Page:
The testimony of a PIME missionary in Hong Kong. "My thoughts go to empty churches, here in Hong Kong, Macau and in many cities in mainland China." "Working from home, schools and universities closed until March: all this increases the pressure and sometimes makes some people react in unreasonable ways".
Hong Kong (AsiaNews) - Isolation, anxiety and fear: the coronavirus epidemic offers everyone an opportunity to show "compassion, solidarity and sharing". In the face of the tragedy, Christians are called to "live the gospel virtues of faith, hope and love, as well as to pray and reflect on its meaning,” reflects Fr. Sergio Ticozzi. The PIME missionary (Pontifical Institute for Foreign Missions) has been in Hong Kong and China for over 40 years. We offer below a testimony on the health emergency in the former British colony, which the expert sinologist gave to the Altare Dei site two days ago. (Translation edited by AsiaNews).
It is Sunday here in Hong Kong. I have just concelebrated the Eucharist with four of my confreres in our private chapel, and now I am alone in my room. My thought goes to the empty churches, here in Hong Kong, in Macao and in many cities of mainland China, since the fear of the spreading of the coronavirus, now called COVID-19, has forced a prohibition against public gatherings and even religious assemblies. The threat of this epidemic fever, in fact, has made the Catholic officials in Hong Kong take the painful decision to suspend all church programs for the next two weeks, including cancelling the Ash Wednesday liturgy.
Isolation seems to be considered the most effective measure to prevent the spreading of the epidemic. In China, several cities are closed up and millions of people are kept in their homes because of the shortage of masks, disinfectants and other medicines. Due to the shortage of masks, residents have raided markets and pharmacies, while unscrupulous merchants even exponentially increased the price of the masks.
Sick people are even more isolated since approaches and contacts with them are prevented by fear of infection. Hong Kong has set up several mass quarantine camps to isolate victims. The new mandatory quarantine rules came into effect on February 8, with persons arriving from the mainland required to be quarantined for 14 days to curb outbreaks in the community. It becomes a very serious psychological drama for many people.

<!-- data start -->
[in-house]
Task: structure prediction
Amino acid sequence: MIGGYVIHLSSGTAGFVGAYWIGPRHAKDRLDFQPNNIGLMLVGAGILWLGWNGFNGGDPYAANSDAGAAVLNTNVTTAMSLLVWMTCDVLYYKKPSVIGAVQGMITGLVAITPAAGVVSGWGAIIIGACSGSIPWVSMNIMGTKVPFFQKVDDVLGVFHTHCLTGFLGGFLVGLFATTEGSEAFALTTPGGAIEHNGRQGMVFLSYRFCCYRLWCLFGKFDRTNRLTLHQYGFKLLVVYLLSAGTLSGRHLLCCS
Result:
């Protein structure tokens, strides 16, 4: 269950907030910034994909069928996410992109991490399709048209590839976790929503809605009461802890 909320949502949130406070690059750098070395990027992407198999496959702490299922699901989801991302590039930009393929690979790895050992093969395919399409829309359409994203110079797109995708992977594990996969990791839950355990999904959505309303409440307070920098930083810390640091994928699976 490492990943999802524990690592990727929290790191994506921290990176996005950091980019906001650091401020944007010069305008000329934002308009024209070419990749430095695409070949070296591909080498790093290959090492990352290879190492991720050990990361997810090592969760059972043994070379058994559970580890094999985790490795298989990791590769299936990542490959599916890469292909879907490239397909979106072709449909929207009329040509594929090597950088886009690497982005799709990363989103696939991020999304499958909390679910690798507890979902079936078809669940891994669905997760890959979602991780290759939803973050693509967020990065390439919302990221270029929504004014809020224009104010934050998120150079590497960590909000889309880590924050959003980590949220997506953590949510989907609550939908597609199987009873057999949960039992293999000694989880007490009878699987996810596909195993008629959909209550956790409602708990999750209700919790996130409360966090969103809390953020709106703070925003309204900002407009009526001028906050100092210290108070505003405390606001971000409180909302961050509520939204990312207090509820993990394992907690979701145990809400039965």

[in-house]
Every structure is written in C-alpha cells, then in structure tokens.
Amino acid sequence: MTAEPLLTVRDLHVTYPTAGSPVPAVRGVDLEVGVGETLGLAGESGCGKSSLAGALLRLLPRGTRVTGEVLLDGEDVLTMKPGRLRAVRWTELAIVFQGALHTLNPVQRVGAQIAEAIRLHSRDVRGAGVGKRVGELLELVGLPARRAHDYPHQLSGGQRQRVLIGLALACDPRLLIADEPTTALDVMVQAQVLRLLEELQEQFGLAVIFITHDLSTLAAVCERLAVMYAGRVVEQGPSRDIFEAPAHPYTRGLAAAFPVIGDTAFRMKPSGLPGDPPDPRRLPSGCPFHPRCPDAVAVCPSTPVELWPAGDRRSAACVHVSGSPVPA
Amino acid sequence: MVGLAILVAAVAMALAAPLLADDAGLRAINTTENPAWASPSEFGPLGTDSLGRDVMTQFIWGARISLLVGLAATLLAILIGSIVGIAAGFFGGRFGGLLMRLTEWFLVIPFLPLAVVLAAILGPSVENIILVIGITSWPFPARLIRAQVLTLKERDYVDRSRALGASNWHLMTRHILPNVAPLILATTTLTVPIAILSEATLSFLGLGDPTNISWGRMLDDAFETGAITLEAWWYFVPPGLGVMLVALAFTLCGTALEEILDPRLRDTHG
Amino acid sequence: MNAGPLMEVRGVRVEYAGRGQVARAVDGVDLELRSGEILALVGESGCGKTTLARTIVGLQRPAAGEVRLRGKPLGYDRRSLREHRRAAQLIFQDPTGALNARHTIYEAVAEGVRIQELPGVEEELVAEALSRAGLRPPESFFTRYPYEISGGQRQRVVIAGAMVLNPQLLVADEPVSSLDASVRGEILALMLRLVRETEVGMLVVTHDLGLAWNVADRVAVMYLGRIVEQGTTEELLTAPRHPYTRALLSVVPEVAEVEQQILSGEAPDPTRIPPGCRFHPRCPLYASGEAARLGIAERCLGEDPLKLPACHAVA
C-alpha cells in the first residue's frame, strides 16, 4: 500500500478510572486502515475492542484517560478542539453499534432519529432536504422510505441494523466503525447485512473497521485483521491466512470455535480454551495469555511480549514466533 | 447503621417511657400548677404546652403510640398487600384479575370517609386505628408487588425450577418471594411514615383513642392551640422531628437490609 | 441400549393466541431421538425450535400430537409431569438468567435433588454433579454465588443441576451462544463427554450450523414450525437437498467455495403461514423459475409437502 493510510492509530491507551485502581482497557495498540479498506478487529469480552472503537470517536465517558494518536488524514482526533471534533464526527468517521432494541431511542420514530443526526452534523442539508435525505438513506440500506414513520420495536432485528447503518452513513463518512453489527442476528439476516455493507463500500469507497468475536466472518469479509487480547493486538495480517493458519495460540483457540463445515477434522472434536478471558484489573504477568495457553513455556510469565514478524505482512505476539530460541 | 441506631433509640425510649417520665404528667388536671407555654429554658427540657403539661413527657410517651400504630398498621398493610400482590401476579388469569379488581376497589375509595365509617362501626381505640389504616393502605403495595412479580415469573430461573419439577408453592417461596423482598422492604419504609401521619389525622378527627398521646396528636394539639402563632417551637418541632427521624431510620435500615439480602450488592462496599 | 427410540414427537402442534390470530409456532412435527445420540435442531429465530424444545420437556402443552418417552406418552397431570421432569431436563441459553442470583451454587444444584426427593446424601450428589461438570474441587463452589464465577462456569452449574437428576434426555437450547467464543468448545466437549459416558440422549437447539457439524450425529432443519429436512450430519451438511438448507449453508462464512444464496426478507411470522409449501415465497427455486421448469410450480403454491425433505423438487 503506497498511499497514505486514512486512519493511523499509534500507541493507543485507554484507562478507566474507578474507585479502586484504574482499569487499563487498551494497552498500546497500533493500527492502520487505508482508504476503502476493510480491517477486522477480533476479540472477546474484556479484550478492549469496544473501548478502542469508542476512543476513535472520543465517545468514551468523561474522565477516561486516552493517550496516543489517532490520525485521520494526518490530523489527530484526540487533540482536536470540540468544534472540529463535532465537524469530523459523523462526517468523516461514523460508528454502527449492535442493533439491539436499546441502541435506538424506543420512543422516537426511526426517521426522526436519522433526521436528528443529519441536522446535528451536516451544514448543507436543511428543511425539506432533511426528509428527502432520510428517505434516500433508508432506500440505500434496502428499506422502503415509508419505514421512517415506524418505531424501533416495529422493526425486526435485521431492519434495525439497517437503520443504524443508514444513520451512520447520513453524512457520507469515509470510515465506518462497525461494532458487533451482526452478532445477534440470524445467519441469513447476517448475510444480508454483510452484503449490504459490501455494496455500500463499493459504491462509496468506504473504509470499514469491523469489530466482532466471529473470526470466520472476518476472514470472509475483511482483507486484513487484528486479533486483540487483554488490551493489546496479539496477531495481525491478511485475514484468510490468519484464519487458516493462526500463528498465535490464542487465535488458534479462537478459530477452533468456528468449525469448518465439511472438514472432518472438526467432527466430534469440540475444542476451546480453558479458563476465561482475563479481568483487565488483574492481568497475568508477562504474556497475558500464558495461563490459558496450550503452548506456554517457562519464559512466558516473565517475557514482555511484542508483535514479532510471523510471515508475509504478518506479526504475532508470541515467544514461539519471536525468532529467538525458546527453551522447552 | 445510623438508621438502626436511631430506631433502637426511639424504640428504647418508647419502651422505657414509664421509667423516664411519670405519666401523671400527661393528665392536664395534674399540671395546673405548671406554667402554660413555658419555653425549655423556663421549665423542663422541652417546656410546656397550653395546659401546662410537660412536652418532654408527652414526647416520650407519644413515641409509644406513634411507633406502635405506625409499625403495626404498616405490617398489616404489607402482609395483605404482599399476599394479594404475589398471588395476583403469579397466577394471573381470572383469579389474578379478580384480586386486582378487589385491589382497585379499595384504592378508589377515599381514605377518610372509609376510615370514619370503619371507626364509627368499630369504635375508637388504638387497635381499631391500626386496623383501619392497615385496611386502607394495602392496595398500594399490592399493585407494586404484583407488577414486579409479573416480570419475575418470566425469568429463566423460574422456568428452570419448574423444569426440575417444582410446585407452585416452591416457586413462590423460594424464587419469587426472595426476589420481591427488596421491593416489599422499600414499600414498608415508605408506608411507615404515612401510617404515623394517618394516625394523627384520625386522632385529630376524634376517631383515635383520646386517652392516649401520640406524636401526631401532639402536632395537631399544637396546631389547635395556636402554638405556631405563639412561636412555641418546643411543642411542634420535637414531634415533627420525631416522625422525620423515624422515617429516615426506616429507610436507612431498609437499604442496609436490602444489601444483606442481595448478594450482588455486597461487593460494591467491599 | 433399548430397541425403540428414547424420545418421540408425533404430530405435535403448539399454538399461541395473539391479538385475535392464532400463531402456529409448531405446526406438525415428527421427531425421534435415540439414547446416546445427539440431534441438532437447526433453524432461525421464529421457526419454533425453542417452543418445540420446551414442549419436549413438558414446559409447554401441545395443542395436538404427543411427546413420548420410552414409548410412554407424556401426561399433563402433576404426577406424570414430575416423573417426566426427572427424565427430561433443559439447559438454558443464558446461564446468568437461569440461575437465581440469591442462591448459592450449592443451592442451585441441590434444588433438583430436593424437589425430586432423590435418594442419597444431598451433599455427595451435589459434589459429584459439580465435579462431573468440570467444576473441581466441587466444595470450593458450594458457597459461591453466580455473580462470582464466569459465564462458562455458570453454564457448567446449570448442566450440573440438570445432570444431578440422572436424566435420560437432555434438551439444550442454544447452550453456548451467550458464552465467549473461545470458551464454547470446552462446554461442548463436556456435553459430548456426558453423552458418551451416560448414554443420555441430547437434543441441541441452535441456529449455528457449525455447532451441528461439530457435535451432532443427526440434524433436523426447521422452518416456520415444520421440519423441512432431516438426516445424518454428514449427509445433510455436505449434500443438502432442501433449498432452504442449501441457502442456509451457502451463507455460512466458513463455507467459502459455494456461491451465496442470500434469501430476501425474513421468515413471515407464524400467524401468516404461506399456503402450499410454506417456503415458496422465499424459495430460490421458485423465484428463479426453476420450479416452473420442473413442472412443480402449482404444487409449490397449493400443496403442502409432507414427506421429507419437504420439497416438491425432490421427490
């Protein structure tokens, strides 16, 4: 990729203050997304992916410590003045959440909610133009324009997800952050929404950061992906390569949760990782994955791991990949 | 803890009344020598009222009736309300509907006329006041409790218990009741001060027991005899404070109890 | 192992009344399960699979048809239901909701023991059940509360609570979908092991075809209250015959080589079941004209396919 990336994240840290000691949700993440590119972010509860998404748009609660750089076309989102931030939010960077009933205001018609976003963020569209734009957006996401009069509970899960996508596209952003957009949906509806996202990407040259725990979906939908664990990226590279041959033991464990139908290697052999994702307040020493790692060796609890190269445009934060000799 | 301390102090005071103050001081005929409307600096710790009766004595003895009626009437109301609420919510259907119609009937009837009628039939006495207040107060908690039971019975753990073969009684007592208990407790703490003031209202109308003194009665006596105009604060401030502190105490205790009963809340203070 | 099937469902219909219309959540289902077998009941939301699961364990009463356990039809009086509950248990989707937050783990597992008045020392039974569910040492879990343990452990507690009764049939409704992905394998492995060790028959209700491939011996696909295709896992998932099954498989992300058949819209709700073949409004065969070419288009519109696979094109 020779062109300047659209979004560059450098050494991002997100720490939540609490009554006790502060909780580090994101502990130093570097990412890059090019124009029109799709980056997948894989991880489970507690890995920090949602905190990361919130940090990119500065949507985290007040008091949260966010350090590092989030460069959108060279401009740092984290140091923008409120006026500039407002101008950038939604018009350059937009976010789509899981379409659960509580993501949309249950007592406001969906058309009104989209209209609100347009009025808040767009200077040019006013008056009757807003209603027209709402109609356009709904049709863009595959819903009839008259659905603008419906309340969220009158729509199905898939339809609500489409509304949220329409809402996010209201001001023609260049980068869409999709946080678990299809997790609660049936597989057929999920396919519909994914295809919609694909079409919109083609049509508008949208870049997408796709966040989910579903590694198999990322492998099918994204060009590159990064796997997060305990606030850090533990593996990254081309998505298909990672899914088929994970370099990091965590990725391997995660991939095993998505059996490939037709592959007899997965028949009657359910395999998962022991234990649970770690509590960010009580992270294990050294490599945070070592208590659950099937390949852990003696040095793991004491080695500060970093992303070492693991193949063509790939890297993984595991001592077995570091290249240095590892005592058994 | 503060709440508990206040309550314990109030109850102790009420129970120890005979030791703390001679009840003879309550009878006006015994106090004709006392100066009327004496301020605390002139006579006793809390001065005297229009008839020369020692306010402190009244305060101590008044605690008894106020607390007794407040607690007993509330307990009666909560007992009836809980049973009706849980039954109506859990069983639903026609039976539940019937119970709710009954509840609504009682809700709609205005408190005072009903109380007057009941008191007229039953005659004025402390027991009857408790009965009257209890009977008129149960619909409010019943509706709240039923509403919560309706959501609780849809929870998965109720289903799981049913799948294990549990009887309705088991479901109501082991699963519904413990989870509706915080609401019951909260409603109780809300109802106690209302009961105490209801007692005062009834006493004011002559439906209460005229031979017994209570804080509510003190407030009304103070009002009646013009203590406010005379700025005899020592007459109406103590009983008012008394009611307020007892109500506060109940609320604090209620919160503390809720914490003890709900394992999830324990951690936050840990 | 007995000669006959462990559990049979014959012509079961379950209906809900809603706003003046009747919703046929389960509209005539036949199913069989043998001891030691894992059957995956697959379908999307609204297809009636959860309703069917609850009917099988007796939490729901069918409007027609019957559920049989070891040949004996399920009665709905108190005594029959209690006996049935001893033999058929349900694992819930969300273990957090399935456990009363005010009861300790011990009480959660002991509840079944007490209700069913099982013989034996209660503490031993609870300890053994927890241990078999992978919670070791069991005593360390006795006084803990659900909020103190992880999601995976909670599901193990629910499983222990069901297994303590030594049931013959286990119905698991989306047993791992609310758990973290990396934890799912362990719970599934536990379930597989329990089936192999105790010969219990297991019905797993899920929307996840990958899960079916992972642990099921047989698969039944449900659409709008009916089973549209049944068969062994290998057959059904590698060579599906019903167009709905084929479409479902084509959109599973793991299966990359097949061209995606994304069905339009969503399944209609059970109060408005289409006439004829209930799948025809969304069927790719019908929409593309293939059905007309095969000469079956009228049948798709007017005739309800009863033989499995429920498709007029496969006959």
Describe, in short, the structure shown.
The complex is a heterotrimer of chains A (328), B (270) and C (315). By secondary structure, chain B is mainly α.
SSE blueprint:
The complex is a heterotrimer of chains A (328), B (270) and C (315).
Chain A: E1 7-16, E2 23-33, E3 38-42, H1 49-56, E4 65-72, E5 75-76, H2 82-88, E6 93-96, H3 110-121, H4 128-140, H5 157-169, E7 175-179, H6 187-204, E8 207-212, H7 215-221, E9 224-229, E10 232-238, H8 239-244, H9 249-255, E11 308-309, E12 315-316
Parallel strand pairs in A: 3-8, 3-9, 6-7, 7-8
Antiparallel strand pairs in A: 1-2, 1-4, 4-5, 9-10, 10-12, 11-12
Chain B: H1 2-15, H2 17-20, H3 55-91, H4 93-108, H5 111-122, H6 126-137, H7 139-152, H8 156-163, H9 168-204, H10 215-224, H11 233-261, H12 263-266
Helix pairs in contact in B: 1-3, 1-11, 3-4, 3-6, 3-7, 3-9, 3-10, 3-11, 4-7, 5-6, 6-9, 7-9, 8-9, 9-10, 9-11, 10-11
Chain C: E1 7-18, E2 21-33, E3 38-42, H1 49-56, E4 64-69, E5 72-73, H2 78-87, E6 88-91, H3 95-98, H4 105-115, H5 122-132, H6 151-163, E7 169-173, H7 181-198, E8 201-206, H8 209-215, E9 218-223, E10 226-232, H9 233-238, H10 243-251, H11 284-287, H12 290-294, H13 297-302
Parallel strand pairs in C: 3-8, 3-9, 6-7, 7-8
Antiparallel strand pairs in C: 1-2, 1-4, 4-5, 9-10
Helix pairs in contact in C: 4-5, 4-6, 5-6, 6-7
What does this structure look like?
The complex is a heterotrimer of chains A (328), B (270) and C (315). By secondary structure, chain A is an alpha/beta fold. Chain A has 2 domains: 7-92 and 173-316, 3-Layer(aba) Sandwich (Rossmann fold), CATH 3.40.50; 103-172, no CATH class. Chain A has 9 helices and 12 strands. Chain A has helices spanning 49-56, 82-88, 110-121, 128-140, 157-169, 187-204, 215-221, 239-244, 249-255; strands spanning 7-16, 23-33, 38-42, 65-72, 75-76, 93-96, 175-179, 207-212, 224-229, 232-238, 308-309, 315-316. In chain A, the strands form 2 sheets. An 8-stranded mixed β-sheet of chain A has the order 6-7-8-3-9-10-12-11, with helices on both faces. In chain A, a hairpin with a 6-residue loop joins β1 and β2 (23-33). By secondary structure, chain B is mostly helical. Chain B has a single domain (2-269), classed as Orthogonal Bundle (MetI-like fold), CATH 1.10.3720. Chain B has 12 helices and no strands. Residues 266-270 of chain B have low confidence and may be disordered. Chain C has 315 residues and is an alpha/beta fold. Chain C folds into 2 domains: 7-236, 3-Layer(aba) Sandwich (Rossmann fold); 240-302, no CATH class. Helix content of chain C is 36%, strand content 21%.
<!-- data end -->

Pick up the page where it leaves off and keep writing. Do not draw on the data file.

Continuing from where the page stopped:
All these measures came amid global fears that the epidemic has worsened in recent days in China against all the expectations. The epidemic was first reported in Wuhan city of Hubei province after a long official silence. The death of Dr. Li Wenliang on February 6, who first denounced the outbreak of the epidemic and then died of the disease, sparked an outpouring of grief and anger from across the nation, requesting to celebrate the date as the Day of Freedom of Speech. The government responded by censoring social media posting and blocking accounts. Subsequently, the epidemic spread to all regions of China and across the world, claiming many lives and infection cases. The origin and the size of its spreading have been subject to so much ‘fake news’ that I leave to other sources to provide details and numbers. But undoubtedly it has created a psychology of fear in the majority of people.
Isolation, anxiety and fear are holding a heavy grip on the soul of people. Working at home, schools and universities shut up until March – all this increases the pressure and, at times, make some people react in unreasonable manners. In Hong Kong, riot police swung into action and arrested protesters as residents demonstrated against the government’s decision to use some places as a quarantine camp.
Moreover, in China, in view of battling the spreading virus and of avoiding the previous attitude of silence and misinformation, Chinese authorities promised cash and material rewards for information about sick people and visitors from virus-stricken locations. With this openly legitimizing such a method of “spying”, suspicion has pitted neighbors against neighbors, wreaking havoc in society. Instead of honesty and sincerity for public health and safety, such a measure favors mistrust, vengeance and scant regard for morality.
With regard to the future development of the epidemic, opinions vary, as usual, from optimistic to pessimistic. China’s official reports include claims that its control efforts are succeeding and the epidemic will soon peak and then decline. Other people think that steps taken over the next few days, particularly by Beijing’s leaders, will decide the fate of the virus and whether it spreads internationally to become a pandemic. Some others think that by April the epidemic will be over.
Laurie Garrett, a former senior fellow for global health at the Council on Foreign Relations and a Pulitzer Prize winning science writer, informs us:
In Geneva this week, some 400 top infectious diseases experts gathered to help WHO solve the many mysteries that still surround the virus. One of them was Hong Kong University’s Gabriel Leung, who does not think China’s strategy will succeed and fears that as schools reopen and millions of people return to Wuhan and other locked-down cities, the virus could, once again, surge. And it could spread far beyond China’s borders, possibly infecting more than 60 percent of the world population.
Regardless of whether one is pessimistic or optimistic, such an epidemic provides occasion for everybody to show concern for sick and needy people, to help each other, to share anti-epidemic materials, and, for Christians, to live the Gospel virtues of faith, hope and love, and to pray.
Prayer, indeed, seems a very important means to show concern for people suffering for sickness, isolation and fear. But it should be combined with the reflection on the questions: why has God permitted such a tragedy and what is the message God wants to convey to us with it? Yes, we need prayer and reflection.